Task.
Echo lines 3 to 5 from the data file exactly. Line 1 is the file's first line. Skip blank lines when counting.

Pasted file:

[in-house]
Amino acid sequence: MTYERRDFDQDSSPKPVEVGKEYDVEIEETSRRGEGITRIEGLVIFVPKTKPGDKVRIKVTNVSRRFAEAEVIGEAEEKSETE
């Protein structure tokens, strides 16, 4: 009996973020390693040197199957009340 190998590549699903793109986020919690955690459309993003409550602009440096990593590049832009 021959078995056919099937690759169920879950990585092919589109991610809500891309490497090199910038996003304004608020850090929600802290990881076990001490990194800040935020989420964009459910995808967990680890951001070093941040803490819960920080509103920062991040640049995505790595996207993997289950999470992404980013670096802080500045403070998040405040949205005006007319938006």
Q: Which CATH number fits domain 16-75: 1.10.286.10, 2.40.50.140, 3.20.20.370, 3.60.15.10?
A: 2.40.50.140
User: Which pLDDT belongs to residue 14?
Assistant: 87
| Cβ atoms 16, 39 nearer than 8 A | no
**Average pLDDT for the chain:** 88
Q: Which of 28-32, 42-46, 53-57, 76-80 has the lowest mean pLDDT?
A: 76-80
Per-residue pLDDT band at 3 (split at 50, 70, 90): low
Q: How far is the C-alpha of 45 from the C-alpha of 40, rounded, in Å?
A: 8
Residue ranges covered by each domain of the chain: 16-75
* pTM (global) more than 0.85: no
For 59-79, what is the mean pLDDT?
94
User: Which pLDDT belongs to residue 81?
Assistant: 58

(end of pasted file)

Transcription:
């Protein structure tokens, strides 16, 4: 009996973020390693040197199957009340 190998590549699903793109986020919690955690459309993003409550602009440096990593590049832009 021959078995056919099937690759169920879950990585092919589109991610809500891309490497090199910038996003304004608020850090929600802290990881076990001490990194800040935020989420964009459910995808967990680890951001070093941040803490819960920080509103920062991040640049995505790595996207993997289950999470992404980013670096802080500045403070998040405040949205005006007319938006």
Q: Which CATH number fits domain 16-75: 1.10.286.10, 2.40.50.140, 3.20.20.370, 3.60.15.10?
A: 2.40.50.140